Art vs Science (Credit: Belinda Dipalo)
Art vs Science (Credit: Belinda Dipalo)

The next morning opened with the galloping rock-scape of Gang Of Youths on the main stage. It was a tight and explosive set that featured a cover of “All My Friends” by LCD Soundsystem. Frontman Dave Le’aupepe sang with the same inflections as James Murphy, yet birthed heightened and strained vocals that gave the cover more power in front of a backdrop of inspiring blue skies and green headlands. “Where are your friends tonight?” he cried and questioned as the large, early afternoon crowd bounced and answered in the heat. Elsewhere, Nazeem Hussain and Becky Lucas gave favourable stand up comedy sets to an environment that wasn’t so successful for the rest of the comedians. Light laughter from an audience who had to brave the heat left some falling flat, but for Hussain and Lucas topics ranging from ISIS, to sex, to pen-pals had the right hook to score big laughs.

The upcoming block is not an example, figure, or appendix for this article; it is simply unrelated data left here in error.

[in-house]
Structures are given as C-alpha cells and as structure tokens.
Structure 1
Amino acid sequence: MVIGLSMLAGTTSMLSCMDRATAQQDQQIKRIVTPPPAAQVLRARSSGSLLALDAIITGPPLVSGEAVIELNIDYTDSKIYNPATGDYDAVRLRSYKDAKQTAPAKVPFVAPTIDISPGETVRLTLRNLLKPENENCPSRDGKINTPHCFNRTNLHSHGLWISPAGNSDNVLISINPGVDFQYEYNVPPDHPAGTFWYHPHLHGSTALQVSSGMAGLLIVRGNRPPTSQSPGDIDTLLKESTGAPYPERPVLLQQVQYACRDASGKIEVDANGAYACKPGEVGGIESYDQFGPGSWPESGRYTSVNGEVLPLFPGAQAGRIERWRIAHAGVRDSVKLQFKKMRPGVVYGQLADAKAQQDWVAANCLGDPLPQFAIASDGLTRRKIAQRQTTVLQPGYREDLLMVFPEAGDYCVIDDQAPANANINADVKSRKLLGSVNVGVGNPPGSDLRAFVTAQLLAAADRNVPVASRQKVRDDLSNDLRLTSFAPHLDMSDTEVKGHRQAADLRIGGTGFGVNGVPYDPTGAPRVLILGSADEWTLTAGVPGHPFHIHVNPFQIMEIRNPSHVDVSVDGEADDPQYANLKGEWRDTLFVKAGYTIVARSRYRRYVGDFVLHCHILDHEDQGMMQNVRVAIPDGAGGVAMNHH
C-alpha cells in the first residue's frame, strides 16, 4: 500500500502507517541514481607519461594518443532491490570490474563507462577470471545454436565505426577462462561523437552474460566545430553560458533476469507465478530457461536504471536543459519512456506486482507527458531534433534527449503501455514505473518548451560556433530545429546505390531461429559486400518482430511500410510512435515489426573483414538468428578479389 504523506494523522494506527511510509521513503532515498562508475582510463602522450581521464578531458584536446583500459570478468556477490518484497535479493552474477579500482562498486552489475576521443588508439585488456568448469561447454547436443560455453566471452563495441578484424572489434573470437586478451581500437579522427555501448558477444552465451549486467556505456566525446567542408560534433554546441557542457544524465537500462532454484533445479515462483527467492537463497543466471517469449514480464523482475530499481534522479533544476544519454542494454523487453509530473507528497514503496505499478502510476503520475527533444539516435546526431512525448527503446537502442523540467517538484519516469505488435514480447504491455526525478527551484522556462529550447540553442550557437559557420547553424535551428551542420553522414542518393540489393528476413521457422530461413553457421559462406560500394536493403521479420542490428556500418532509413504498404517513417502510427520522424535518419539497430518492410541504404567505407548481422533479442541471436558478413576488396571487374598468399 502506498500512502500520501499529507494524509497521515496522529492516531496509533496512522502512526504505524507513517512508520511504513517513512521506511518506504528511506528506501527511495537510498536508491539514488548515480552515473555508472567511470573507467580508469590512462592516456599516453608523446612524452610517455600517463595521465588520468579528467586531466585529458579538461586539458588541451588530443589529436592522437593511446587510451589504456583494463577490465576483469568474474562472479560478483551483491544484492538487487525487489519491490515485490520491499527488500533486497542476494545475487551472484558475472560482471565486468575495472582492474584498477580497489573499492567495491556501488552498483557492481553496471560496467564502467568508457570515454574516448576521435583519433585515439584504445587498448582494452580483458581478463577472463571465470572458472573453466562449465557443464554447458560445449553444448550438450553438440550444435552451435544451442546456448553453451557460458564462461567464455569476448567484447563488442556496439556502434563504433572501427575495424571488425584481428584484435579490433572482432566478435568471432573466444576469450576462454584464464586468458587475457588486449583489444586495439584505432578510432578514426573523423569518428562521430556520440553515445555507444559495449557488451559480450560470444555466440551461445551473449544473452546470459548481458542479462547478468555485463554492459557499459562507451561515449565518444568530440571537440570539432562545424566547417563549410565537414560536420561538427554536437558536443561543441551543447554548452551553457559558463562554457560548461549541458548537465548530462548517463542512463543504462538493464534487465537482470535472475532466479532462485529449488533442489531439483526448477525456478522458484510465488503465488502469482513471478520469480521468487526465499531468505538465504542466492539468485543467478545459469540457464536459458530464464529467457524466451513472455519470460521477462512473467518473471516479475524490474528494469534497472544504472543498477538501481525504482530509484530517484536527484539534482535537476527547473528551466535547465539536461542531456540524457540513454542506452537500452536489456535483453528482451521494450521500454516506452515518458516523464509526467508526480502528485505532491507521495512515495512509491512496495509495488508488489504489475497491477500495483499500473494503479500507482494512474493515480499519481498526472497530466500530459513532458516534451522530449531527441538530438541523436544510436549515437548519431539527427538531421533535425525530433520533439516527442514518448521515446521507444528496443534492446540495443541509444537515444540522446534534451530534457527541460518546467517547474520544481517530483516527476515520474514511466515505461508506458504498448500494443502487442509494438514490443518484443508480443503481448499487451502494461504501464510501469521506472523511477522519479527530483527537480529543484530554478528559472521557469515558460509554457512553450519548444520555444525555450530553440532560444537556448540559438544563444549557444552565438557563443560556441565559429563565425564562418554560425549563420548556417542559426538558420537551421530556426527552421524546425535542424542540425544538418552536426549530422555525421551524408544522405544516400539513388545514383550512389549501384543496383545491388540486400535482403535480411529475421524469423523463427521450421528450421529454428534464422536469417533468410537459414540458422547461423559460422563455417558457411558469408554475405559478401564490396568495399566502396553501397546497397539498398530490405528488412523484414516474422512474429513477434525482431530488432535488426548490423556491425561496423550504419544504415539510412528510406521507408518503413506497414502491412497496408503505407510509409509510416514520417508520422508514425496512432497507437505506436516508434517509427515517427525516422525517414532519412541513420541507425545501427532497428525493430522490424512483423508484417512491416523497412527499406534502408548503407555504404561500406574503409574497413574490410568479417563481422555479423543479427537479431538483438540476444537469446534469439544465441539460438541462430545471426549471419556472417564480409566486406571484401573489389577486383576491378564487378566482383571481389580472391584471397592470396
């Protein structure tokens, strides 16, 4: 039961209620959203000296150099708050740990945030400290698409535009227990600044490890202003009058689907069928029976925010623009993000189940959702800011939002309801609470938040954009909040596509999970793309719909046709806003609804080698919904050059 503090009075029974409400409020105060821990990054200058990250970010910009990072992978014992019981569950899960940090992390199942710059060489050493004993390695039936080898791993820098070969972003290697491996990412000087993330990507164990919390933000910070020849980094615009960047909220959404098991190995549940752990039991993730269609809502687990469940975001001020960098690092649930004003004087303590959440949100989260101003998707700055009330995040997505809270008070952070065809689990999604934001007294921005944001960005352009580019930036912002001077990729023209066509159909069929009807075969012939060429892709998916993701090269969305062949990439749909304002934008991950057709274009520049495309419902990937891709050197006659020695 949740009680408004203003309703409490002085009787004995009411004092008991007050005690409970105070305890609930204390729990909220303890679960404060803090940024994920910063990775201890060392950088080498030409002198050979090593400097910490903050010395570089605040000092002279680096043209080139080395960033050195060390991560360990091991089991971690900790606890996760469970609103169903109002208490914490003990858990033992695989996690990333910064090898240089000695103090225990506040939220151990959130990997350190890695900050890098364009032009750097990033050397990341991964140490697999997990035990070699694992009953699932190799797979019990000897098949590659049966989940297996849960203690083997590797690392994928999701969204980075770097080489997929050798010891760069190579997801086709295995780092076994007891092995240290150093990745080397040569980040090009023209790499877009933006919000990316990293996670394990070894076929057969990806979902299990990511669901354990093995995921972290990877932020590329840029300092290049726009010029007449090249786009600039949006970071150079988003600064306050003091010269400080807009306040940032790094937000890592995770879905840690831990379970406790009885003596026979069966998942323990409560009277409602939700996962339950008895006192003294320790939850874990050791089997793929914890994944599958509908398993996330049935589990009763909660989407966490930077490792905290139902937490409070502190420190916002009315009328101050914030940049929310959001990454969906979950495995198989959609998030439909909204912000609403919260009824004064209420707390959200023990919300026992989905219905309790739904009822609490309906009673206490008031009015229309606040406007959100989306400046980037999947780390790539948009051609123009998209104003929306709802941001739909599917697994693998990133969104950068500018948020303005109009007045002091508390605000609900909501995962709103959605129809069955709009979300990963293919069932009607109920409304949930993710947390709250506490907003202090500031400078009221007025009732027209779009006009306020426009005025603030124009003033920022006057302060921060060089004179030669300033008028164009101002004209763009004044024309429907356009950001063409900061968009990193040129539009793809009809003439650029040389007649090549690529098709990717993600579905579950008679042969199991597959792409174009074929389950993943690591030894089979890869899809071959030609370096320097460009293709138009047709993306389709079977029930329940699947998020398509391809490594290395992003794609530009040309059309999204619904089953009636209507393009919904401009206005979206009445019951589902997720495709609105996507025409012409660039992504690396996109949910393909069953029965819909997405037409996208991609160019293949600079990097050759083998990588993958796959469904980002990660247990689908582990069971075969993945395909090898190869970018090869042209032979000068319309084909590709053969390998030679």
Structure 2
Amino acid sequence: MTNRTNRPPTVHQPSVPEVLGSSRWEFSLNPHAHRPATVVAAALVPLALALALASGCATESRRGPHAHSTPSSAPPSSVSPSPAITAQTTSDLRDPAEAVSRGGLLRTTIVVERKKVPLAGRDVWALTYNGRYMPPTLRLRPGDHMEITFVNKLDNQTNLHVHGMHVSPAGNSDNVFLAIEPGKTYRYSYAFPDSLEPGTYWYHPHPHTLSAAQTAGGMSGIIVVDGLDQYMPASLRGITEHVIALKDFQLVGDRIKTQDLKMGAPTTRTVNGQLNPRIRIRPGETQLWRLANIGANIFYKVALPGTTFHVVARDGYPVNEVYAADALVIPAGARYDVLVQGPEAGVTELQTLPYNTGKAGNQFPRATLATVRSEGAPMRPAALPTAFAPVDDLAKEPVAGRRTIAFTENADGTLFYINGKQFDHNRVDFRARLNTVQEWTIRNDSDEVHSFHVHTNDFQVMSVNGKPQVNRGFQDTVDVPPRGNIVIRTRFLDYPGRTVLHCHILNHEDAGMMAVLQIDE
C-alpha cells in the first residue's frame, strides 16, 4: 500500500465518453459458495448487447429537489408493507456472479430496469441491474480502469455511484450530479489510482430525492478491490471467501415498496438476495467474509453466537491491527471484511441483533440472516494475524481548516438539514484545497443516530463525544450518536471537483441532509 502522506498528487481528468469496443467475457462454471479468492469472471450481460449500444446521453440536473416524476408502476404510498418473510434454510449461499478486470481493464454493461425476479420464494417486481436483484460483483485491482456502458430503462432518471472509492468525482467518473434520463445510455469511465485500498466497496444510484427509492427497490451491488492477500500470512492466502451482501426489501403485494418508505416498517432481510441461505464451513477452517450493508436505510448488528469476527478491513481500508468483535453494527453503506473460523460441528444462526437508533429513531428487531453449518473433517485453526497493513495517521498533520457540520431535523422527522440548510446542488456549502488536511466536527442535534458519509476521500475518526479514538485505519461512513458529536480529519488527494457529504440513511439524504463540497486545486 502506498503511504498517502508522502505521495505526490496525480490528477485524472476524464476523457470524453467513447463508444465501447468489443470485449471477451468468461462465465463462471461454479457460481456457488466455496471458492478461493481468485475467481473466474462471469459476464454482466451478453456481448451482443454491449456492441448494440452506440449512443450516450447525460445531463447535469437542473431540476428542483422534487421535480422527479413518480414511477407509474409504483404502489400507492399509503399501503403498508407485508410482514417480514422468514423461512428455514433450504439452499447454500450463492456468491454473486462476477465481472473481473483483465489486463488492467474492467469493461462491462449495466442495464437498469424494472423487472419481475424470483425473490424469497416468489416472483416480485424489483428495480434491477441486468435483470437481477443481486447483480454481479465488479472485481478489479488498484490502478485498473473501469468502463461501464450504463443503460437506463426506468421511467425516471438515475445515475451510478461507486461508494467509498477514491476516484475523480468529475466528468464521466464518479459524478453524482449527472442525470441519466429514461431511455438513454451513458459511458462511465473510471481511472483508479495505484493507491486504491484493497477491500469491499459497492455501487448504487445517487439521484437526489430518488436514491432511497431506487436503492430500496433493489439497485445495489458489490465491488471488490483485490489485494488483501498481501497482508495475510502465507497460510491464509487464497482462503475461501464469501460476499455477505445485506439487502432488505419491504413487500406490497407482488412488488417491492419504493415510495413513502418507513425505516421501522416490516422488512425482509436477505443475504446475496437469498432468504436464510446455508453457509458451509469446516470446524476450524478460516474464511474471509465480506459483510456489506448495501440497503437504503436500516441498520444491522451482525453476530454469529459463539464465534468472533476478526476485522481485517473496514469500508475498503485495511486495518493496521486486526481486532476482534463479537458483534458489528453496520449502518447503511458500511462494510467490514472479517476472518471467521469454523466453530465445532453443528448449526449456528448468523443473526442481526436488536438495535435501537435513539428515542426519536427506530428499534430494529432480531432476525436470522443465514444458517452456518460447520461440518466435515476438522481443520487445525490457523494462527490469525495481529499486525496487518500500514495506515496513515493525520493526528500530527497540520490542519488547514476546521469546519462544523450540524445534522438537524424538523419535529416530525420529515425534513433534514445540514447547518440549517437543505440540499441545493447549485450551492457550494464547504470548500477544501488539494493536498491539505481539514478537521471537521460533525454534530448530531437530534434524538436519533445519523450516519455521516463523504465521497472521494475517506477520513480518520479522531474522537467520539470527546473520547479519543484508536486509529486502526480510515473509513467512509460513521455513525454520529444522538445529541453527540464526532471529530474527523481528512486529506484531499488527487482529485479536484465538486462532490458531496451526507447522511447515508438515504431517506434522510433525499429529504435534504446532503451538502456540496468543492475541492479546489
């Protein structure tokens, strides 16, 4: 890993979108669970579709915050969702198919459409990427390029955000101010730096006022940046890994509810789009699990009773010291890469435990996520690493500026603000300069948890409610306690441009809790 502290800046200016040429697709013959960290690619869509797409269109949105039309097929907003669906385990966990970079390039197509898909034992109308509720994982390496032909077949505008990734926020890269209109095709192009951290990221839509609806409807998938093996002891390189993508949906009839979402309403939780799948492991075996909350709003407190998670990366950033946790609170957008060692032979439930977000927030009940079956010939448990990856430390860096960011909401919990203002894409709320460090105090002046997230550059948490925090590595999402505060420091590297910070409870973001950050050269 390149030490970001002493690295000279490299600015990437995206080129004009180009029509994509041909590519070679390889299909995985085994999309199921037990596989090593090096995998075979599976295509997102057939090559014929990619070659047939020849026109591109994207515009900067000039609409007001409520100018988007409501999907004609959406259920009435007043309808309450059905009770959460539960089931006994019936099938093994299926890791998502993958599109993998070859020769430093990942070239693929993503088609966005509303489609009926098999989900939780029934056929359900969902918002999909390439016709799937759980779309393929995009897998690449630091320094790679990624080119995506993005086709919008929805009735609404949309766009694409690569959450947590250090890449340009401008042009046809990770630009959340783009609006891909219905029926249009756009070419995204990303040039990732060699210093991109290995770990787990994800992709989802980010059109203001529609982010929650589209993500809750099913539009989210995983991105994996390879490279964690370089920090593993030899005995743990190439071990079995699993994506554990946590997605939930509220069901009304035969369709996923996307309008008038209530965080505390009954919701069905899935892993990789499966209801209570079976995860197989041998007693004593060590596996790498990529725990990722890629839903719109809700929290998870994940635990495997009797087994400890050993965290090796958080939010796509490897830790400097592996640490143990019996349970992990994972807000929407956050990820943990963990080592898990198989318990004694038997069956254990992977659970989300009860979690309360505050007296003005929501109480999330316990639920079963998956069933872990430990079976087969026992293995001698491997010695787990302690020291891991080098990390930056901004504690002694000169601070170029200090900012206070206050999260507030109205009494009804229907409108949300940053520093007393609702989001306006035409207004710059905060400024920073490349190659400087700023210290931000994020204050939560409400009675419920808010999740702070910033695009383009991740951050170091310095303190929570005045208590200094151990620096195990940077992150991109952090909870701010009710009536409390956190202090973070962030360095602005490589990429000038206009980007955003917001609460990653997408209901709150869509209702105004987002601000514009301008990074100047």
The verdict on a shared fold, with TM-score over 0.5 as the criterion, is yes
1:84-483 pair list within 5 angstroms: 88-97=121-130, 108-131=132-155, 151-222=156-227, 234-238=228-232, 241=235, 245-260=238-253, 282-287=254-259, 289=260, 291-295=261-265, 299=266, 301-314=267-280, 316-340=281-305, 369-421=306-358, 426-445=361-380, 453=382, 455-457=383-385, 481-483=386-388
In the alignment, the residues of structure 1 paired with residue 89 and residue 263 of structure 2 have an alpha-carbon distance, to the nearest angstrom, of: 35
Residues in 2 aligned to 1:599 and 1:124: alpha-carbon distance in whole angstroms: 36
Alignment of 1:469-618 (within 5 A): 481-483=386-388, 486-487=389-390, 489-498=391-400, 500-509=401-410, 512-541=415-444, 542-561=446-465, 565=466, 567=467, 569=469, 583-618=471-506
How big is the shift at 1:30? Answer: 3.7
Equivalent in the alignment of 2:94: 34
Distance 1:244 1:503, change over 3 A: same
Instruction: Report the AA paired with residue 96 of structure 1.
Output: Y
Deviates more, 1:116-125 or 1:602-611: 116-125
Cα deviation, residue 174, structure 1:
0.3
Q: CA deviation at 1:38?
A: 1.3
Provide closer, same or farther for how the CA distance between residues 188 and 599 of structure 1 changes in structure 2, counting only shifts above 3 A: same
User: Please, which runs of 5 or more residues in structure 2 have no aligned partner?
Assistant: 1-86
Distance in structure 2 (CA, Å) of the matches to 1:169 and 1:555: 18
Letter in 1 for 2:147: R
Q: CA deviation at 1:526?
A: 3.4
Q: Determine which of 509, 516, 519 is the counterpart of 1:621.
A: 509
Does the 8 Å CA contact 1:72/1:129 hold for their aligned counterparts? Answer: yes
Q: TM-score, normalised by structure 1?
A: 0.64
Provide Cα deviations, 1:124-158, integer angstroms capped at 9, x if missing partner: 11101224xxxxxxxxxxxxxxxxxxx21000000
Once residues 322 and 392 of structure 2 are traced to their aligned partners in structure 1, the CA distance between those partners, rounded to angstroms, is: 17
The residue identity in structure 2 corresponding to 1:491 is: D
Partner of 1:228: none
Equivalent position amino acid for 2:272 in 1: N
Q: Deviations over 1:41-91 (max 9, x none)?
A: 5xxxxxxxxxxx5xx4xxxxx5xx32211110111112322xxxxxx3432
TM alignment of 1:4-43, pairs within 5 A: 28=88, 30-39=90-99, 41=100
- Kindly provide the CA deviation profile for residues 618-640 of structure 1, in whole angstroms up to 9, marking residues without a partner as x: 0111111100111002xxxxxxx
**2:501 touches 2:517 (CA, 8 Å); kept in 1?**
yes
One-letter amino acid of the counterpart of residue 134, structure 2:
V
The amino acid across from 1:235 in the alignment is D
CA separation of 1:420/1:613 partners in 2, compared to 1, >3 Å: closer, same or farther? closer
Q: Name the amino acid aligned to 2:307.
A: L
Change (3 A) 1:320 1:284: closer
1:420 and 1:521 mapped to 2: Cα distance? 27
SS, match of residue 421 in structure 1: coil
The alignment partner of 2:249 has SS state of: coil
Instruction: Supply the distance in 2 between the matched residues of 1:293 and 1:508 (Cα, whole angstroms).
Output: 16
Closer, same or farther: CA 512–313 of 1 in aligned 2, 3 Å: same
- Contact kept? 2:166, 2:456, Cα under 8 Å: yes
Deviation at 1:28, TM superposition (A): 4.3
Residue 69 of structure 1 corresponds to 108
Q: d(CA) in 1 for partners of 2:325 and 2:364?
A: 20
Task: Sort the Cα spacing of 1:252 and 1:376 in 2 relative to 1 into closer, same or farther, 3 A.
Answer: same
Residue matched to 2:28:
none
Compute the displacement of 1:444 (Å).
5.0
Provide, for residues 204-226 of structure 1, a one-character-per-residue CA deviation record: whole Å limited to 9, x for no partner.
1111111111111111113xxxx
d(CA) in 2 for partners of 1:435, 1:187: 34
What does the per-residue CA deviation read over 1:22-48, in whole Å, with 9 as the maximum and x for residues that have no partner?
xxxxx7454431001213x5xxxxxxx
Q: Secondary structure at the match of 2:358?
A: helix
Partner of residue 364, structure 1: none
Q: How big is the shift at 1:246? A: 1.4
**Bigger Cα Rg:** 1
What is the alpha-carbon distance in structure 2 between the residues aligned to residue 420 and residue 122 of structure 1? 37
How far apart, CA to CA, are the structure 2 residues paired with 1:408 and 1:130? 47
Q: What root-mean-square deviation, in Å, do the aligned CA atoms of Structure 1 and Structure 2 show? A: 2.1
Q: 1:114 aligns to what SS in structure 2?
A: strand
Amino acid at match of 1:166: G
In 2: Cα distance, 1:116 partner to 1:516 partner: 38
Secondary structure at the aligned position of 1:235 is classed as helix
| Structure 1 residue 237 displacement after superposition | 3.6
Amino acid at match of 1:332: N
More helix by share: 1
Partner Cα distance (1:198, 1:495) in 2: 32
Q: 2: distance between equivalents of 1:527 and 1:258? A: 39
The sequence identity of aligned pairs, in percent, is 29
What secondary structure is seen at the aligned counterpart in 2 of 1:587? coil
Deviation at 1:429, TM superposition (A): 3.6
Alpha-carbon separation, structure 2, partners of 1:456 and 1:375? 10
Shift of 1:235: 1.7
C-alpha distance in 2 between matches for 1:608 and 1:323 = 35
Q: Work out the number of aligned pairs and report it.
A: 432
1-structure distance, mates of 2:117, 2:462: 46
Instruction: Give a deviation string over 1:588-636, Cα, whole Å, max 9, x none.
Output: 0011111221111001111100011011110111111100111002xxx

Gang of Youths (Credit: Belinda Dipalo)
Gang of Youths (Credit: Belinda Dipalo)

The soulful and alluring Meg Mac had the standout afternoon set of the entire festival. The force and purity in her vocals was charming as she bounced between “Grandma’s Hands”, “Every Lie” and her Like a Version cover of Broods’ “Bridges”. As Kurt Vile’s hair hung in front of his face, he transiently stirred between guitar and a banjo on top of a band that featured a saxophone. Grunge was mixed with sun-laden euphoria as the crowd swayed to smooth rock. The end of his set wasn’t suffocated and lost by the open surrounds, for it wandered far beyond the campgrounds and could be heard near the beach. Raucous guitars with trembling drums announced the start of The Maccabees‘ set. Delicate tempos were spliced with impressive layering for a live environment, that was until they shifted gears and charged ahead with hyperactive momentum.